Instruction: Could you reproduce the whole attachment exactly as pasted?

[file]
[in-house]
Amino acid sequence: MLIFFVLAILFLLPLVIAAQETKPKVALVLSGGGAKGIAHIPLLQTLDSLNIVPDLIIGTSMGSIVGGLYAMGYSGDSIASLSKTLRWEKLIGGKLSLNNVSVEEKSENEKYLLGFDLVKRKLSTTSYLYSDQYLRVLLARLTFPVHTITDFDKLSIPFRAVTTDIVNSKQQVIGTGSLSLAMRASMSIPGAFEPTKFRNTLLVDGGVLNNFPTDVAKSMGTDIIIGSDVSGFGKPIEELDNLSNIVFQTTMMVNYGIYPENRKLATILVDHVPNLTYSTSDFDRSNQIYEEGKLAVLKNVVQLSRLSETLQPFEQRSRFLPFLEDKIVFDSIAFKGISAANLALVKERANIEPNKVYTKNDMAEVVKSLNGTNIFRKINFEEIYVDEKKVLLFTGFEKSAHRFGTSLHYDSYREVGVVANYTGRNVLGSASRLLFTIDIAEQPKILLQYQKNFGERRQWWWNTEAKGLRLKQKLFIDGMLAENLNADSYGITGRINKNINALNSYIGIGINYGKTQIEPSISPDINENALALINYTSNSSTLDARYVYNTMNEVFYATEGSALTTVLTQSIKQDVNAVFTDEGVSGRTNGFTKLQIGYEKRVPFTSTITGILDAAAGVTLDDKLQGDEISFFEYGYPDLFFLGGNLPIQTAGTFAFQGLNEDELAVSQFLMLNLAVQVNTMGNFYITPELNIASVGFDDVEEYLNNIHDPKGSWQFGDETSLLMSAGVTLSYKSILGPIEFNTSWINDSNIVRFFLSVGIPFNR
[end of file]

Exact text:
[in-house]
Amino acid sequence: MLIFFVLAILFLLPLVIAAQETKPKVALVLSGGGAKGIAHIPLLQTLDSLNIVPDLIIGTSMGSIVGGLYAMGYSGDSIASLSKTLRWEKLIGGKLSLNNVSVEEKSENEKYLLGFDLVKRKLSTTSYLYSDQYLRVLLARLTFPVHTITDFDKLSIPFRAVTTDIVNSKQQVIGTGSLSLAMRASMSIPGAFEPTKFRNTLLVDGGVLNNFPTDVAKSMGTDIIIGSDVSGFGKPIEELDNLSNIVFQTTMMVNYGIYPENRKLATILVDHVPNLTYSTSDFDRSNQIYEEGKLAVLKNVVQLSRLSETLQPFEQRSRFLPFLEDKIVFDSIAFKGISAANLALVKERANIEPNKVYTKNDMAEVVKSLNGTNIFRKINFEEIYVDEKKVLLFTGFEKSAHRFGTSLHYDSYREVGVVANYTGRNVLGSASRLLFTIDIAEQPKILLQYQKNFGERRQWWWNTEAKGLRLKQKLFIDGMLAENLNADSYGITGRINKNINALNSYIGIGINYGKTQIEPSISPDINENALALINYTSNSSTLDARYVYNTMNEVFYATEGSALTTVLTQSIKQDVNAVFTDEGVSGRTNGFTKLQIGYEKRVPFTSTITGILDAAAGVTLDDKLQGDEISFFEYGYPDLFFLGGNLPIQTAGTFAFQGLNEDELAVSQFLMLNLAVQVNTMGNFYITPELNIASVGFDDVEEYLNNIHDPKGSWQFGDETSLLMSAGVTLSYKSILGPIEFNTSWINDSNIVRFFLSVGIPFNR